United States v. Victor Martinez-Otero, Jr., a/k/a “King Bless” and Luis Almodovar-Alvarez, a/k/a “King Bolillo,” Case. No. 15-60092-CR-Dimitrouleas
On May 5, 2015, Victor Martinez-Otero, a/k/a “King Bless,” 25, and Luis Almodovar-Alvarez, a/k/a “King Boliollo,” 20, both of Kissimmee, were charged in a two count indictment for unlawfully possessing firearms and ammunition.
According to this indictment, on or about August 7, 2014 in Broward County, Martinez-Otero and Almodovar-Alvarez were unlawfully receiving a 9mm semi-automatic handgun and eight rounds of 9mm ammunition that affected interstate commerce, while under a separate indictment. At the time of possession, Martinez-Otero was allegedly a convicted felon.
This case is being prosecuted by Assistant U.S. Attorney William Shockley.
United States v. Oscar Valdivia, a/k/a “King Oscar,” a/k/a “King Two Times,” Case. No. 15-60090-CR- Cohn
On May 5, 2015, Oscar Valdivia, a/k/a “King Oscar,” a/k/a “King Two Times,” 21, of Sunrise, was charged in a six count indictment for illegally possessing and selling firearms and ammunition.
According to this indictment, on four separate dates in Broward County, Valdivia did unlawfully receive firearms and ammunition that affected interested commerce, while under a separate indictment. This indictment alleges that he received: two .40 caliber semiautomatic handguns and a .357 revolver on February 25, 2014; a .22 caliber rifle on March 18, 2014; a 12 gauge pump-action shotgun on April 15, 2014; a 5.56 mm semiautomatic rifle, a 9mm semi-automatic handgun, and 1,000 rounds of ammunition on May 3, 2104; a semiautomatic receiver on May 8, 2014. The indictment further alleges that on June 20, 2014, Valdivia sold a .22 caliber handgun and ammunition to a person he believed was a convicted felon.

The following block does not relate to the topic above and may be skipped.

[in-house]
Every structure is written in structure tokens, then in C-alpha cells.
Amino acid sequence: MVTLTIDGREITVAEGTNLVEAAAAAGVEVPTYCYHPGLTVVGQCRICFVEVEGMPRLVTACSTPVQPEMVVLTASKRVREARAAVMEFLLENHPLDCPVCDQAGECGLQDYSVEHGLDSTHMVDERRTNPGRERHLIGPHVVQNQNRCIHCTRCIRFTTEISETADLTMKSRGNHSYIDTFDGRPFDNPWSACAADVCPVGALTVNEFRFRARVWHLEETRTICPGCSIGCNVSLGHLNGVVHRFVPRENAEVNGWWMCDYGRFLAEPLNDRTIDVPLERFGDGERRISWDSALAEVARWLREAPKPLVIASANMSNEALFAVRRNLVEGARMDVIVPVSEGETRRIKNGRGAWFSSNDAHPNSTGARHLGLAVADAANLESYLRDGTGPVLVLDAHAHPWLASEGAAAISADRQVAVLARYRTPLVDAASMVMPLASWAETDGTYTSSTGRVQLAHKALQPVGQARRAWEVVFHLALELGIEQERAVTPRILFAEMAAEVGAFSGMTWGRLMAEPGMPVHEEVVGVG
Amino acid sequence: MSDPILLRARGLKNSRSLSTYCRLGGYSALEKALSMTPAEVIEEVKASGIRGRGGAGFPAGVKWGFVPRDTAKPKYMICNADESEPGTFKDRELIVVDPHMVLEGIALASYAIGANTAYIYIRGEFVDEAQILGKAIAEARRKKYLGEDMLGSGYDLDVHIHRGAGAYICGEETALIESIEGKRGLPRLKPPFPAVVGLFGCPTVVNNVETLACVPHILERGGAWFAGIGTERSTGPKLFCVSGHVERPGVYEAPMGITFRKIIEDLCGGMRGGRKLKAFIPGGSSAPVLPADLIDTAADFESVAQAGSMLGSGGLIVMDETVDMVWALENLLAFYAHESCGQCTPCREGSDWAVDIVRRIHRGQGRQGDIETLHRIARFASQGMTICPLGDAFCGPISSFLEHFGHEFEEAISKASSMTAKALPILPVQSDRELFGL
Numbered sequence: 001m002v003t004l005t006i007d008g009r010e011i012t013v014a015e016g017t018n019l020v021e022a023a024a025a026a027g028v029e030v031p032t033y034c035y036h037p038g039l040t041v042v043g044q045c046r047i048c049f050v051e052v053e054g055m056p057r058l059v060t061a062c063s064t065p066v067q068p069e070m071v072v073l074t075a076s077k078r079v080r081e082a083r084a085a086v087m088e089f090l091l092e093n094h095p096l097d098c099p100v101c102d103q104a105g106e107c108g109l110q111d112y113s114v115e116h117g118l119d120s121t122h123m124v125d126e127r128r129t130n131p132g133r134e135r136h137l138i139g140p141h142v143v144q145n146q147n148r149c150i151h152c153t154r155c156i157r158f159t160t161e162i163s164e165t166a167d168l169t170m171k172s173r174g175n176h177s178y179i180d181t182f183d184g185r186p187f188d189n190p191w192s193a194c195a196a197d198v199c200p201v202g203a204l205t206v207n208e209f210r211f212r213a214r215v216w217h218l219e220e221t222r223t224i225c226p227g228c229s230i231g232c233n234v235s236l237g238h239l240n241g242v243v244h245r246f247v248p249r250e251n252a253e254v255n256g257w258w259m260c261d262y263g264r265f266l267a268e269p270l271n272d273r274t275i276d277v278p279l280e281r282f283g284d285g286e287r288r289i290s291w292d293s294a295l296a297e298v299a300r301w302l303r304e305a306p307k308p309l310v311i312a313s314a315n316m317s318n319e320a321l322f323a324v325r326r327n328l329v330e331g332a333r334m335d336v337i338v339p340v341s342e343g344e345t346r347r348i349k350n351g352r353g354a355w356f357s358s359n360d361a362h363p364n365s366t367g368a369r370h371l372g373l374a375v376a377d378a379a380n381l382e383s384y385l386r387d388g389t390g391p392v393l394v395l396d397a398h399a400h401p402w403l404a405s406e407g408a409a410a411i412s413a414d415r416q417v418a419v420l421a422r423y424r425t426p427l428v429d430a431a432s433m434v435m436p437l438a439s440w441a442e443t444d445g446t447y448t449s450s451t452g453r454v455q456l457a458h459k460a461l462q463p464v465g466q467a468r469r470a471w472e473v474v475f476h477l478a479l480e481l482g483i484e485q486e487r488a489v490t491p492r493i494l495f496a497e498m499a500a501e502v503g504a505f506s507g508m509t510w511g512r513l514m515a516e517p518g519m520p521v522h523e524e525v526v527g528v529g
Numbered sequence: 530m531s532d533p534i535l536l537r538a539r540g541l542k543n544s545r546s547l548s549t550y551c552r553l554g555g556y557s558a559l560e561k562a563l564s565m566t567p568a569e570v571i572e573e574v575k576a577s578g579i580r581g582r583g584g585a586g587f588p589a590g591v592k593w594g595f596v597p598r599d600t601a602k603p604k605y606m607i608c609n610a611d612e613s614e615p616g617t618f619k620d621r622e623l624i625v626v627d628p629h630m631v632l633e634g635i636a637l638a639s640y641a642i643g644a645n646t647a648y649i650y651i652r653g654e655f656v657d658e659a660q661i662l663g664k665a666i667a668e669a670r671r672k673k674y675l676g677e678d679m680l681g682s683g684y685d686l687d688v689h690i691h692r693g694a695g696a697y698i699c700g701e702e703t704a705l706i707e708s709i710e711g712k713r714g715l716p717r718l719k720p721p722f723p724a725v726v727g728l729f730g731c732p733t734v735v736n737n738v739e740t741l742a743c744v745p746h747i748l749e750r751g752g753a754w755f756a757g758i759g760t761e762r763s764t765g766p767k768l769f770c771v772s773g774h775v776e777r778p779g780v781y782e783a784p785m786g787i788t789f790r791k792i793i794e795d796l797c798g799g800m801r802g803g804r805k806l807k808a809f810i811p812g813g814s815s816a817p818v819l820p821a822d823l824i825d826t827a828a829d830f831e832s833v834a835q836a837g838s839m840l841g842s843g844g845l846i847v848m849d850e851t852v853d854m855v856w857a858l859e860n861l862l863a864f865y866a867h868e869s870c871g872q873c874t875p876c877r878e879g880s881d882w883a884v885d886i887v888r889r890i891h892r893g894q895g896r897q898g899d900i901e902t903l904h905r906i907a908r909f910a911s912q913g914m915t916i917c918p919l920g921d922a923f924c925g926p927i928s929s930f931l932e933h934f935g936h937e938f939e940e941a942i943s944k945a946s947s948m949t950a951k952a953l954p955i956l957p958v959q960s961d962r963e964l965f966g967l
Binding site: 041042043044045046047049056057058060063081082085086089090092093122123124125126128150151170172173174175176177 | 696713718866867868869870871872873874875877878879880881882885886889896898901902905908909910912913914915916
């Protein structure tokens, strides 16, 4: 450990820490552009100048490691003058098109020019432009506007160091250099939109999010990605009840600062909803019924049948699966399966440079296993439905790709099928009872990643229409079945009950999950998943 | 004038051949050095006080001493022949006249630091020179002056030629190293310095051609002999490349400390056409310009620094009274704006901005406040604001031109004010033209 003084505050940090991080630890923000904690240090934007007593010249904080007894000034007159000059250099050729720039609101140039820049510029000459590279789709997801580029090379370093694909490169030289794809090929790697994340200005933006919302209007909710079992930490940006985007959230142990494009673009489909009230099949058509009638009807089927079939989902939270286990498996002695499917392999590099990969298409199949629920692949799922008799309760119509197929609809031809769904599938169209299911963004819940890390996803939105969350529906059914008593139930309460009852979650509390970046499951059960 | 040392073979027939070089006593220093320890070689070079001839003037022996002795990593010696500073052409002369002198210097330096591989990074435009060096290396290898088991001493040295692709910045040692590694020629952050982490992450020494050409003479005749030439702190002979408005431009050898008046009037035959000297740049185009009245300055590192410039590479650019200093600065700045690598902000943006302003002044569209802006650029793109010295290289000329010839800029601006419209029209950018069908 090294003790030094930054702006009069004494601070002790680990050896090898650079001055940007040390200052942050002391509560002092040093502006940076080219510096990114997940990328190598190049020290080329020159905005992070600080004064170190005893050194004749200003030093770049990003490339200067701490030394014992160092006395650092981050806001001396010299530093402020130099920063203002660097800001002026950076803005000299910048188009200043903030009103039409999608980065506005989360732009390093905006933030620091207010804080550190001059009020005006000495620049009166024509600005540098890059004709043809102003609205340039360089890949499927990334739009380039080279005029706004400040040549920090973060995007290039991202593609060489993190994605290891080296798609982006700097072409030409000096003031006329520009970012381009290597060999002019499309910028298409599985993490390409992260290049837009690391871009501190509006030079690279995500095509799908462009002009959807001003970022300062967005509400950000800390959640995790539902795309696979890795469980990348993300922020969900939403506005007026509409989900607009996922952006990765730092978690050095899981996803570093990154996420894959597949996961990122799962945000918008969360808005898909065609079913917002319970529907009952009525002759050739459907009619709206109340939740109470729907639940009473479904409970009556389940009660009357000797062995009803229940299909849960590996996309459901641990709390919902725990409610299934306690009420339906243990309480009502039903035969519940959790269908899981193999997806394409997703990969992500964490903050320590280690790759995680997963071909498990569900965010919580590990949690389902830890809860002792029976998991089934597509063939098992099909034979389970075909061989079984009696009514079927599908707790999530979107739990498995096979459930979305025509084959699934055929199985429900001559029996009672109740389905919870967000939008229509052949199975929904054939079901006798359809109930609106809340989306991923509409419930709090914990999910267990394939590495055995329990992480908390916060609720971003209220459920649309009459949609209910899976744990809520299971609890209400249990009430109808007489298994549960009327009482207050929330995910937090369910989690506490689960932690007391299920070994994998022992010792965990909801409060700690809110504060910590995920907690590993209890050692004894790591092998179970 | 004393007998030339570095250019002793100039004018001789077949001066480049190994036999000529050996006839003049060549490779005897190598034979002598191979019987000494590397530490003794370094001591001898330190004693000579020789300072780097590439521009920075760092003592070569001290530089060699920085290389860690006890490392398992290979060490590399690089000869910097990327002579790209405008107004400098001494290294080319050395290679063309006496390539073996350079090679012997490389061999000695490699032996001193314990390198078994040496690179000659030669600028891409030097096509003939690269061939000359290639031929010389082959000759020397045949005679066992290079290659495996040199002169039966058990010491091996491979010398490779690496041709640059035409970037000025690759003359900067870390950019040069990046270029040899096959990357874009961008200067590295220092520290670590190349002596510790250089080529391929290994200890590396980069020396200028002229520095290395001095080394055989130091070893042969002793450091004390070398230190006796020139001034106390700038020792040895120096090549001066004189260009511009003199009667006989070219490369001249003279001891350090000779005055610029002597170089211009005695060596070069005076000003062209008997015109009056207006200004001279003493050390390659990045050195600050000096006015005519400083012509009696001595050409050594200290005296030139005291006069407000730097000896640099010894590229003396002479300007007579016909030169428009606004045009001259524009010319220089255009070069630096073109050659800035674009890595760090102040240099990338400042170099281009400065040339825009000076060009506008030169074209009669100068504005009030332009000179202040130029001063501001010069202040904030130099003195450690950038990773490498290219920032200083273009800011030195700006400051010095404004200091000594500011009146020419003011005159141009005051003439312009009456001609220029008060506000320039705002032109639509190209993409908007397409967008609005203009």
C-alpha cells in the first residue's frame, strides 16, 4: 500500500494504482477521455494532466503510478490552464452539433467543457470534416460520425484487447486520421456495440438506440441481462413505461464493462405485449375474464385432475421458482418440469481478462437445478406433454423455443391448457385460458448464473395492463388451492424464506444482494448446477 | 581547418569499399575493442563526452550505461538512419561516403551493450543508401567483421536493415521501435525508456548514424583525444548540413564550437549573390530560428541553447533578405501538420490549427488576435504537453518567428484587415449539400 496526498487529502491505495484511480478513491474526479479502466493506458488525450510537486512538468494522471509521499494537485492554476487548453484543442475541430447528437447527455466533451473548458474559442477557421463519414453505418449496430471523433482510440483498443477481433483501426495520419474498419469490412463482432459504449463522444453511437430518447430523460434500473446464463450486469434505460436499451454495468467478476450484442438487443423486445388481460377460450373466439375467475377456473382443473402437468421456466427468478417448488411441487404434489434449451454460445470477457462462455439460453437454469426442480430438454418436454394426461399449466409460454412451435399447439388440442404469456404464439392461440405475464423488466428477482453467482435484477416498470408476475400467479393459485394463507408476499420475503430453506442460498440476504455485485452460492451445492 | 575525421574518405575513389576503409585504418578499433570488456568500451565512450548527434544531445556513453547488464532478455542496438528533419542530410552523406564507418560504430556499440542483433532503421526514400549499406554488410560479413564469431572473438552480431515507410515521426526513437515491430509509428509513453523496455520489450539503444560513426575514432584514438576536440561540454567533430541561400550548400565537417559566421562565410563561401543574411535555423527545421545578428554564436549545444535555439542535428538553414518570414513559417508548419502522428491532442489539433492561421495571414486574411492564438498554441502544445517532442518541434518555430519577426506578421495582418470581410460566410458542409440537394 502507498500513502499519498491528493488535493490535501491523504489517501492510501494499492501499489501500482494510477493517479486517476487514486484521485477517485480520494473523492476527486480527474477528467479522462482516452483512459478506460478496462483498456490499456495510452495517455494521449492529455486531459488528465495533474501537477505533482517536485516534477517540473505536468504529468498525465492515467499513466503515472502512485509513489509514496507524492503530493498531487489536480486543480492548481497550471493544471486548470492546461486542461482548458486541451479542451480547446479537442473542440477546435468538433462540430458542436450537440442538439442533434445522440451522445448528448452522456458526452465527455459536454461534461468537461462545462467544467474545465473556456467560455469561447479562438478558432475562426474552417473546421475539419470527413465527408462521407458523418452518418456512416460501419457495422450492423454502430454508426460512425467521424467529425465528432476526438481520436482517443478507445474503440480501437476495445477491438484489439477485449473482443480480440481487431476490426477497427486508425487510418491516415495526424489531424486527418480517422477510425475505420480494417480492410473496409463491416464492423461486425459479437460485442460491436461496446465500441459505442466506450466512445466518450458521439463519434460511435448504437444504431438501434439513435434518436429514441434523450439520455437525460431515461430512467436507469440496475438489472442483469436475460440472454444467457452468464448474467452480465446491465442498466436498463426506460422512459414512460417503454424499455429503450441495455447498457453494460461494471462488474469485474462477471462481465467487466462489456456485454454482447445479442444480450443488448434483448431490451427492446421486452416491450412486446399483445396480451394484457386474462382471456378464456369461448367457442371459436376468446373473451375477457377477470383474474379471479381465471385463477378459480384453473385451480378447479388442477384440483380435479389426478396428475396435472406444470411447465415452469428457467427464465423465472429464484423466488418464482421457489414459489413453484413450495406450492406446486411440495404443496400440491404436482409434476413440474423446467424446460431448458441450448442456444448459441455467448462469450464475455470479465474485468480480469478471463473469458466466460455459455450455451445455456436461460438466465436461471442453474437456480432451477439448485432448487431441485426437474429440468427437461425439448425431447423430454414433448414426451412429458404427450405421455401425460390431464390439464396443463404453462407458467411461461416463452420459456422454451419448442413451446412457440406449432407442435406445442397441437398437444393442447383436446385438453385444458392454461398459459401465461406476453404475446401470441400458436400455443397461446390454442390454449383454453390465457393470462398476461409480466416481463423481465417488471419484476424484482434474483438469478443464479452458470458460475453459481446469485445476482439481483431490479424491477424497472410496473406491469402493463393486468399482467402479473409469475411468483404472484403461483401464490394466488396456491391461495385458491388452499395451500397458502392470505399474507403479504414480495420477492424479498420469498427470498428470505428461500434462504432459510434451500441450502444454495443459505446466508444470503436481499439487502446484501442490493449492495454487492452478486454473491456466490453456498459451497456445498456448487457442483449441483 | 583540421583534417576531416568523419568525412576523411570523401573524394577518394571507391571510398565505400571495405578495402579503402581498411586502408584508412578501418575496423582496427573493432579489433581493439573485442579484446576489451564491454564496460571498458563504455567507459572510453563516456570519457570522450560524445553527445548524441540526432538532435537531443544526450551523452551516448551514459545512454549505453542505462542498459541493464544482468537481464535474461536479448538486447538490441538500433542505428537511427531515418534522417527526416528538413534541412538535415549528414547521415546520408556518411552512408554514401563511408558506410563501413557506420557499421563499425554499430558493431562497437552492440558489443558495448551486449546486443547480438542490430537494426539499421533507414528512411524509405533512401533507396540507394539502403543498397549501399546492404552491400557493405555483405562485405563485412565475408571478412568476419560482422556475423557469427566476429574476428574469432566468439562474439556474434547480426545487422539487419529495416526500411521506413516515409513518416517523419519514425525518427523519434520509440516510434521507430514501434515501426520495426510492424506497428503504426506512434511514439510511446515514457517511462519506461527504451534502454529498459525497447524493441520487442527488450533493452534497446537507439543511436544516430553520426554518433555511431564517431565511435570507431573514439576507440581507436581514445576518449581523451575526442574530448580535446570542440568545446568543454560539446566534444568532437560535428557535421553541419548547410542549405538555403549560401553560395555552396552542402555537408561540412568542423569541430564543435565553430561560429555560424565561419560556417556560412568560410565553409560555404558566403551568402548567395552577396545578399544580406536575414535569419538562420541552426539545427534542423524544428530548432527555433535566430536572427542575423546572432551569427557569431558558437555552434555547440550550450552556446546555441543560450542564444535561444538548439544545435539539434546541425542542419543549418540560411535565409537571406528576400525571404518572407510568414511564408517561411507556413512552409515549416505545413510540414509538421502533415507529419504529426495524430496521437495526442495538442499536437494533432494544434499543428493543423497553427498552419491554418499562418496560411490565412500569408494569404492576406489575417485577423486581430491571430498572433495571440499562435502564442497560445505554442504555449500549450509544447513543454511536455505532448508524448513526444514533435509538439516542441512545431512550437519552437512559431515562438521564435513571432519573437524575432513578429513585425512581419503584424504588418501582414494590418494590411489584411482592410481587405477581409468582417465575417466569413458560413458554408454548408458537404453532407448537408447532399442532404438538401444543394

This case is being prosecuted by Assistant U.S. Attorney William Shockley.
If convicted, the defendants face the following possible statutory sentences for their charged offenses: up to twenty years in prison for the RICO conspiracy, up to twenty years in prison for the Hobbs Act robbery; a term of imprisonment not less than seven years for possession of a firearm in furtherance of a crime of violence (if the firearm is brandished, otherwise not less than five years) consecutive to other terms of imprisonment; up to ten years in prison for possession of a firearm or ammunition by a convicted felon; up to life in prison for conspiring to possess controlled substances with the intent to distribute; and up to forty years in prison for possession of controlled substances with the intent to distribute.
Mr. Ferrer thanked the law enforcement agencies, community leaders, and social service providers involved in the Violence Reduction Partnership, the South Florida High Intensity Drug Trafficking Area (HIDTA) Task Force and the Organized Crime Drug Enforcement Task Force (OCDETF). Mr. Ferrer also commended the investigative efforts of ATF, DEA, BSO, Sunrise Police Department, United States Marshals Service Fugitive Task Force, FBI, Hollywood Police Department, Homestead Police Department, ICE-HSI, North Miami Beach Police Department, Miami-Dade Police Department, City of Miami Police Department, Palm Beach County Sherriff’s Office, Broward County Office of the State Attorney, and Miami-Dade Office of the State Attorney.
An indictment is only an accusation and a defendant is presumed innocent unless and until proven guilty.